I am using Audacity version 2.0.3 with Windows 8. I am recording an acoustic guitar directly into my laptop mic input using a small Aiwa stereo mic. On playback I hear a loud hissing sound and the volume of the instrument is very low. I have used this same configuration on one Windows XP machine and had no problems. I usedit on another machine with Windows XP and had this same problem. Is there any resolution to this problem? Thanks.
Most laptop PCs have very poor quality built in recording. Very occasionally we come across a laptop where microphone recording is not too bad, but that is very much the exception. I’d not be at all surprised if this is just a limitation of the built-in microphone input.
There is a huge topic here about recording acoustic guitar: https://forum.audacityteam.org/t/budget-usb-mic-for-classical-guitar-recording-needed/12367/1
I am recording an acoustic guitar directly into my laptop mic input using a small Aiwa stereo mic.
Is that a “computer mic”?
You can try the [u]Windows Microphone Boost[/u].
If you are using a desktop computer, make sure you are using the mic input (usually pink), not the line-input (usually blue).
The mic input on some computers/soundcards is mono.
The microphone preamp on most consumer soundcards is poor quality, and it’s the wrong interface for any studio/performance mic which will have a low-impedance balanced connection with an XLR connector. For good-quality recording, you generally need a good microphone and an audio interface with an XLR connection ([u]example[/u]), or a preamp or mixer with an XLR connection into your soundcard’s line-in. (The line-input is more-often acceptable.)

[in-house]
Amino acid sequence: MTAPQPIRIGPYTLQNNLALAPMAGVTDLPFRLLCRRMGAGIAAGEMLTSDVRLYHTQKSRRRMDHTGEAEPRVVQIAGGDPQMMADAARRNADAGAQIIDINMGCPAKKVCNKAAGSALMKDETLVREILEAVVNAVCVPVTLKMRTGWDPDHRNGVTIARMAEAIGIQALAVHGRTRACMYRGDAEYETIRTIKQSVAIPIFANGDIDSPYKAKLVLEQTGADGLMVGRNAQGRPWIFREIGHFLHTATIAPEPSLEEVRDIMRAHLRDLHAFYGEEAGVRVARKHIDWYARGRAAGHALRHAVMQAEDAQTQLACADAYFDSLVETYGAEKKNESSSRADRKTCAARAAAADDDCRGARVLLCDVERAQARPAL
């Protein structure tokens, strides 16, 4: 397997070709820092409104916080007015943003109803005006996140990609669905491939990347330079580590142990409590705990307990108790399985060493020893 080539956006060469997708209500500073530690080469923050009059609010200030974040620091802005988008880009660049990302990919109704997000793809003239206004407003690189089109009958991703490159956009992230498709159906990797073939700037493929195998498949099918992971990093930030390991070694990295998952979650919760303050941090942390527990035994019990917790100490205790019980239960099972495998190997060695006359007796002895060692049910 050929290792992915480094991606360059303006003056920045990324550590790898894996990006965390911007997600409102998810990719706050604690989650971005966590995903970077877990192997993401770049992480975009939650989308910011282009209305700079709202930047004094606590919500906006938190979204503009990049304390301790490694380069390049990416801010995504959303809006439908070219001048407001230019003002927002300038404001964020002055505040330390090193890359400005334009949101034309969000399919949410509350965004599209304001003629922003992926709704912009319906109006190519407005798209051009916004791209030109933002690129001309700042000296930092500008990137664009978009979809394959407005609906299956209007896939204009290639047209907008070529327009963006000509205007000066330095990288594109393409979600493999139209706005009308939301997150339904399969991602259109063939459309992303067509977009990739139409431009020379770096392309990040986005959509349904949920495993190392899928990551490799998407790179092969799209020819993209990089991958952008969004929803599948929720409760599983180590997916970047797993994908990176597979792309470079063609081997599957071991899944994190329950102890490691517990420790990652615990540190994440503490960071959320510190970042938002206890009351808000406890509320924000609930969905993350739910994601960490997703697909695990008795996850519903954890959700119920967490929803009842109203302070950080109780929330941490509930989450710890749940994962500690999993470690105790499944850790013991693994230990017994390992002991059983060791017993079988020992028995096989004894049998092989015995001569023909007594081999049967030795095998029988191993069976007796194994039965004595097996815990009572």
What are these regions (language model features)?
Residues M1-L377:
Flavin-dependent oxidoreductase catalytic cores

Another option is a “studio style” USB mic (not a communications or gaming mic). A USB mic will bypass the computer’s soundcard. Usually, that’s more economical than buying a separate mic & interface. There are a few stereo USB mics available. (USB mics are not good for multi-tracking or live performance.)
For acoustic guitar, a condenser mic is usually the best choice. Good acoustics and mic position are also important!